There’s so much choice available that customers can pick and choose who they buy from and where, when, and how it happens. They want to discover, research, evaluate, and purchase on their preferred channel. Give them that option, and they’re more likely to choose you. That’s the whole point behind the multi-channel approach.
Beacons, 3D imagery, mirrors that play back what a consumer looks like in real-time and RFID tagging are just some of the digital-led capabilities being introduced by Neiman Marcus’ innovation team to the in-store experience.
Speaking at the Online Retailer Expo this week, the US department store’s innovation lab chief, Scott Emmons, took attendees through examples of how digital is being used to create the store of the future. Importantly, in many of these, he highlighted the role business partnerships, a test-and-learn approach, and customer-led thinking have played in the success of these projects.
The iLab was established four years ago as a spin-off out of Neiman Marcus’ IT department. A foundational innovation that led to its creation was deploying mobility infrastructure across the group’s 88 main and off-price stores, Emmons said.
An early project for iLab was the launch of 3D scanning within its bridal business. “We played around with scanning brides, then tried producing content based on those scans,” Emmons explained. This quickly expanded to include 3D figurines, ceramics and flower bases made in shape of bride’s gown.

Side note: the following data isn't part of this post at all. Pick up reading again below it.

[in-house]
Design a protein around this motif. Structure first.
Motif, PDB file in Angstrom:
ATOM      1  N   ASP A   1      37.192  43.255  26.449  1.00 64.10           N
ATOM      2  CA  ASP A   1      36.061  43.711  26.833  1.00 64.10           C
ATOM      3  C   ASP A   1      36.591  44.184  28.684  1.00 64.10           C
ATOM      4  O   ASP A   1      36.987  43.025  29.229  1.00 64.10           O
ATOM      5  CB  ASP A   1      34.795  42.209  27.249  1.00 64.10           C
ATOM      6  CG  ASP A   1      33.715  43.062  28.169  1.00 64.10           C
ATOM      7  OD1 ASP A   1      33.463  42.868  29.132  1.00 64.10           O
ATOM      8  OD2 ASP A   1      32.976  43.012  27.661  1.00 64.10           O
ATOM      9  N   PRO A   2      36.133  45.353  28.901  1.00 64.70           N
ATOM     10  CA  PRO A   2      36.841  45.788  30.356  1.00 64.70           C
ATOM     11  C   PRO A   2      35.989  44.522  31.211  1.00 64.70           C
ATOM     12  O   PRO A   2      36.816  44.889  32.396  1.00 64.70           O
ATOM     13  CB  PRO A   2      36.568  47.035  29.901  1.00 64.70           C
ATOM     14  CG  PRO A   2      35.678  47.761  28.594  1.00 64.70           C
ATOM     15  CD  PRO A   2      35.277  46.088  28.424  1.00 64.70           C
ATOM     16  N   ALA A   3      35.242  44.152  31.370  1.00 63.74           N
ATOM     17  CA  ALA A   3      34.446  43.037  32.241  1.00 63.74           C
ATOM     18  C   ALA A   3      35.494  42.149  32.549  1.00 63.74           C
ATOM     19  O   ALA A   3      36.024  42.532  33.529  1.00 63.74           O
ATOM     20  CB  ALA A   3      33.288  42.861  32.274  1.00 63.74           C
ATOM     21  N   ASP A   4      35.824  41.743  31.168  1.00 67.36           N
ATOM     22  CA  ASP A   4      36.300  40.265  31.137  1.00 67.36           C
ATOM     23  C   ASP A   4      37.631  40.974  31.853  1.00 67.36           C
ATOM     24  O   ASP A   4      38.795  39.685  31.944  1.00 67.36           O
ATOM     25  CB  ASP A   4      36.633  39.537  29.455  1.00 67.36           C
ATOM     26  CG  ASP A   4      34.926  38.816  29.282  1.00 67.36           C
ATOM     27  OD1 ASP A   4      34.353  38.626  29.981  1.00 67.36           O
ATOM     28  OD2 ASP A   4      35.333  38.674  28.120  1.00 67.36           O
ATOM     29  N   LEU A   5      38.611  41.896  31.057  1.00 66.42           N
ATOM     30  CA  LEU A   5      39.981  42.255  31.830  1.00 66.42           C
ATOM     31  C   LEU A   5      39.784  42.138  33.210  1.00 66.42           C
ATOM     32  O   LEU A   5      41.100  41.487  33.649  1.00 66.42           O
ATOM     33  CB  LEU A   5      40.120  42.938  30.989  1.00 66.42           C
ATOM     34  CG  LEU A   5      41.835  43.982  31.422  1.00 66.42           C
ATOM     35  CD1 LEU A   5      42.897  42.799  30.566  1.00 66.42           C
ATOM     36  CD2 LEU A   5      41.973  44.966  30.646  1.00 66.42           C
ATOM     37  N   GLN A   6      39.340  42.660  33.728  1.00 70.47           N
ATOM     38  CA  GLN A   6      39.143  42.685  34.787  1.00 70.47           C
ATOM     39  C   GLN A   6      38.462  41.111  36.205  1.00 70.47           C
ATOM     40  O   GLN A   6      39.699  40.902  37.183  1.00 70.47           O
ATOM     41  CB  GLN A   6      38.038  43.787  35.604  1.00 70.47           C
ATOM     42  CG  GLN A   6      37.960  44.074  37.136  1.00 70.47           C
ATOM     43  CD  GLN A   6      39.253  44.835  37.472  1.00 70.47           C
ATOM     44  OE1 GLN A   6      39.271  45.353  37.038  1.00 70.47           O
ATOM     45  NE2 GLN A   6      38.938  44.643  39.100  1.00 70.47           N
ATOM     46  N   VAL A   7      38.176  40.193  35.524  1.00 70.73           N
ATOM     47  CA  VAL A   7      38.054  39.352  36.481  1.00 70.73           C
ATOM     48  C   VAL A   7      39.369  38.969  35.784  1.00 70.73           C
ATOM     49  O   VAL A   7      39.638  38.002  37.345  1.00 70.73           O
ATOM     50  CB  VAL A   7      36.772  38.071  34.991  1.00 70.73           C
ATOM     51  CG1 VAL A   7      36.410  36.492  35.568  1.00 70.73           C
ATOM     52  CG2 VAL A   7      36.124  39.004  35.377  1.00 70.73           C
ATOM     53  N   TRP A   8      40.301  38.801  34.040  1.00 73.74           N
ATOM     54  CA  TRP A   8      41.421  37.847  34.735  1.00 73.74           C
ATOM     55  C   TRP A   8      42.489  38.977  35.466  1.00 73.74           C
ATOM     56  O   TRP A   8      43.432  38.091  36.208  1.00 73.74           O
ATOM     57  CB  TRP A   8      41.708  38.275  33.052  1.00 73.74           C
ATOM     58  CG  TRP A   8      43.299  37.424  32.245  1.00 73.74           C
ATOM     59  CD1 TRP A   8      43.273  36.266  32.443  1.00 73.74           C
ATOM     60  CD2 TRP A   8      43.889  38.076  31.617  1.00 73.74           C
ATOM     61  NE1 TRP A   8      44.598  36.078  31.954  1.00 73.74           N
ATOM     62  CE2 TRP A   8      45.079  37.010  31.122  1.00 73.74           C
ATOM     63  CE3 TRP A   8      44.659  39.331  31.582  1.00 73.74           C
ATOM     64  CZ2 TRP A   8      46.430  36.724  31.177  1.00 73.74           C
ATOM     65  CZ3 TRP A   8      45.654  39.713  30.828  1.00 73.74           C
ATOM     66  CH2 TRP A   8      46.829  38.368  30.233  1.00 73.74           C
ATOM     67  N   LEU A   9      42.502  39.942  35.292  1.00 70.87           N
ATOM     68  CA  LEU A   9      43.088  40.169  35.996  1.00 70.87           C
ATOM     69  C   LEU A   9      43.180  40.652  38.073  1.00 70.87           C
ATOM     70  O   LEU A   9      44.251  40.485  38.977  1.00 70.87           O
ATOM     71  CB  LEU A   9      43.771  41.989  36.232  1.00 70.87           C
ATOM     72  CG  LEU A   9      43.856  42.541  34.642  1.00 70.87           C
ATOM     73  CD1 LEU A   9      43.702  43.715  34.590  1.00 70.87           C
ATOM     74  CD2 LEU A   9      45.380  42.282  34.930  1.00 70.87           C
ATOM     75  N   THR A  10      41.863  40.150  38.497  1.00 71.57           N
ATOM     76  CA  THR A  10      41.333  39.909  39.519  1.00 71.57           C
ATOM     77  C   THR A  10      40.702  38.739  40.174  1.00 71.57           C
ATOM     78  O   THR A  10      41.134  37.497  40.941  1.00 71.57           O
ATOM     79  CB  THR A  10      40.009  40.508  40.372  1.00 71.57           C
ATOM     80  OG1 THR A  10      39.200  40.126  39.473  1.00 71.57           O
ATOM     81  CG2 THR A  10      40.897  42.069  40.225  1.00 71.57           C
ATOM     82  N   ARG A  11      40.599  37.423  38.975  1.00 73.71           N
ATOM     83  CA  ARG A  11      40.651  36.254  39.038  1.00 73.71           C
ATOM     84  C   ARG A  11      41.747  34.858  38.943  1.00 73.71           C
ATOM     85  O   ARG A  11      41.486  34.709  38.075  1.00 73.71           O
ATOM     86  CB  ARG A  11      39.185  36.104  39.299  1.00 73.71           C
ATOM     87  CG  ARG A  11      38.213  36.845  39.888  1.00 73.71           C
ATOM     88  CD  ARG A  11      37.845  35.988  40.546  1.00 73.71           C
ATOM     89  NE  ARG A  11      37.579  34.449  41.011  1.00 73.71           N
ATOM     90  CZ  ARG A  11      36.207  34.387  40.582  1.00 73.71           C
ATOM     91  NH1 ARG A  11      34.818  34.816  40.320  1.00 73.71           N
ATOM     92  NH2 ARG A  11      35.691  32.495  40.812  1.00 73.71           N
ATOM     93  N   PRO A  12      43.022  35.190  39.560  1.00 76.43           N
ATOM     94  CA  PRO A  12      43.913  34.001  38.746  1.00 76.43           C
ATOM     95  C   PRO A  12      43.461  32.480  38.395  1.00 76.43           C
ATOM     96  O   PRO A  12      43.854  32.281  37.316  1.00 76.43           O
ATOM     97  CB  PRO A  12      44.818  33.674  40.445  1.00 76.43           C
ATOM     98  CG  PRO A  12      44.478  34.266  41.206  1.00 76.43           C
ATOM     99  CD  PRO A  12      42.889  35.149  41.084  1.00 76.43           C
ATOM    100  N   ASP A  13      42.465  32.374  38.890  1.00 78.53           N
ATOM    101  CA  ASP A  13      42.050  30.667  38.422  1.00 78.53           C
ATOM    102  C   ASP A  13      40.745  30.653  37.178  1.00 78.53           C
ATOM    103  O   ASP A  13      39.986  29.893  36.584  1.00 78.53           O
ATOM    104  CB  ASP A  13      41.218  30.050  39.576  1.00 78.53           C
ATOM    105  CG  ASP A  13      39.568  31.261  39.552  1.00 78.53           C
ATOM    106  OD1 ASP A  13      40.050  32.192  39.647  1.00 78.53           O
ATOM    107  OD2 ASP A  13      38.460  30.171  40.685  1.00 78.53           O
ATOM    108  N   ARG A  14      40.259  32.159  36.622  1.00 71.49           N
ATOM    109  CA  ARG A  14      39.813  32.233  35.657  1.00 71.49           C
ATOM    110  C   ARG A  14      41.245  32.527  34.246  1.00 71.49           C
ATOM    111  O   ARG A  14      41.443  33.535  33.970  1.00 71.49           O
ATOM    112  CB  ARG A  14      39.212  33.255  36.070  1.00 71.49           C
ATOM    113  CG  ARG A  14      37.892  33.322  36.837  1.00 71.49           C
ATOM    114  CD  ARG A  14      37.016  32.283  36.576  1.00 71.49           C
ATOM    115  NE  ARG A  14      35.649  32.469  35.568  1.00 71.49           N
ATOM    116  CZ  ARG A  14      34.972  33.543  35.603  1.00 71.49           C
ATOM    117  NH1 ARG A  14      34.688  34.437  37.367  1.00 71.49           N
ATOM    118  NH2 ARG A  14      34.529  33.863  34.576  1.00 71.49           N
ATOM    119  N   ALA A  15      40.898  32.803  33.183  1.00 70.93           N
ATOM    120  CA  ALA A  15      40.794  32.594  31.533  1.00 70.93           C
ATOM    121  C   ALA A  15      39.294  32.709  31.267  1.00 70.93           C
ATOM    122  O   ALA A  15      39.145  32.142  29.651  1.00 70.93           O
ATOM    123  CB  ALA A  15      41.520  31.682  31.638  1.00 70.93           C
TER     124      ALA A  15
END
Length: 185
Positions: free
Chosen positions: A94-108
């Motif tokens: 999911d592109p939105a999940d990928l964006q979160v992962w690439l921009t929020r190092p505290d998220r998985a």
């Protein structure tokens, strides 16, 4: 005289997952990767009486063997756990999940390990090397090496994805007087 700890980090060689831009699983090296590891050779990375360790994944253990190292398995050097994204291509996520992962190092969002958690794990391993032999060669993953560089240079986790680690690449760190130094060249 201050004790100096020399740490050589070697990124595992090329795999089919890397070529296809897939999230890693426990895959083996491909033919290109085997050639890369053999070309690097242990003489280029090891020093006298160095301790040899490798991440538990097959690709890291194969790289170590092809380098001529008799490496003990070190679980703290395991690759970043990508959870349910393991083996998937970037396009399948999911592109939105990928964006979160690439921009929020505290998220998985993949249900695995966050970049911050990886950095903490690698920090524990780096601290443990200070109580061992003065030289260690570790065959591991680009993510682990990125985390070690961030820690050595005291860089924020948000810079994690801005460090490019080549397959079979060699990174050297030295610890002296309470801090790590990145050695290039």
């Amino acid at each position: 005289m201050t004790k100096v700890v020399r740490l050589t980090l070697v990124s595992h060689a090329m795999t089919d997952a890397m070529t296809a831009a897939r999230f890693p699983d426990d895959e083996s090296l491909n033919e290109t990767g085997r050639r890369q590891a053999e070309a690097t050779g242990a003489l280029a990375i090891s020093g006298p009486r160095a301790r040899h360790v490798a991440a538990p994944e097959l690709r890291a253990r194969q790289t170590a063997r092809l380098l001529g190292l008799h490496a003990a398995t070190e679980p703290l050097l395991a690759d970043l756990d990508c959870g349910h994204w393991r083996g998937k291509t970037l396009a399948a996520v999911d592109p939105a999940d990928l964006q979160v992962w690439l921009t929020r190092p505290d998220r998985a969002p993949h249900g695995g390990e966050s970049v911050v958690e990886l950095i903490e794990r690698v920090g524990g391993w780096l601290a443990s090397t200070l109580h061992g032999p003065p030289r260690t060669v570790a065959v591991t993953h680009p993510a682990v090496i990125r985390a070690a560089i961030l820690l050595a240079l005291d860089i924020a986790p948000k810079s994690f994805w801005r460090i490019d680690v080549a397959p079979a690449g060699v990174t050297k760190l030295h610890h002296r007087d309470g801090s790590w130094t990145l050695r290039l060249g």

“All of that was great, but the business hated the scanning process,” he admitted. “It was a great idea but the tech wasn’t ready yet, and it took 45 minutes to scan and do the imaging.”
Eighteen months later and with better scanning technology in hand, the team can capture all data points in single snapshot. This allowed Neiman Marcus to kick off photo shoots and saw imagery used for augmented reality (AR) proof of concepts where consumers could hold their smartphone to a catalogue and see dresses in different colours or on models walking across the page. It’s also being trialled online to provide rotational views of products.
“Experimentation is the name of the game – sometimes it’s before the business is ready, sometimes they jump on and I can’t go fast enough,” he said.
Emmons was quick to point out innovation can’t operate in isolation, and said he’s reliant on business partners across the business including marketing, store operations, and even security. “I also have to work with partners outside the business to pull these things off,” he said.
Another technology gaining ground in retail is beacons and microlocation. Emmons said Neiman Marcus started small, kicking off a test case using using Apple Wallet and ‘holiday pass’.
“We discovered we had a new channel for corporate marketing, as we could beacon enable events and promos in store,” Emmons said. “But more importantly, the local store PR managers could beacon enable events specific to their store. It was a new way to reach their customers.”
Having picked up learnings around how to better measure ROI, the trial was extended to Neiman Marcus’ offprice stores with greater success, and Emmons has since been able to build beacon capability into the retailer’s official mobile app. This will allow marketing to send more personalised messages to logged in users via beacons in-store.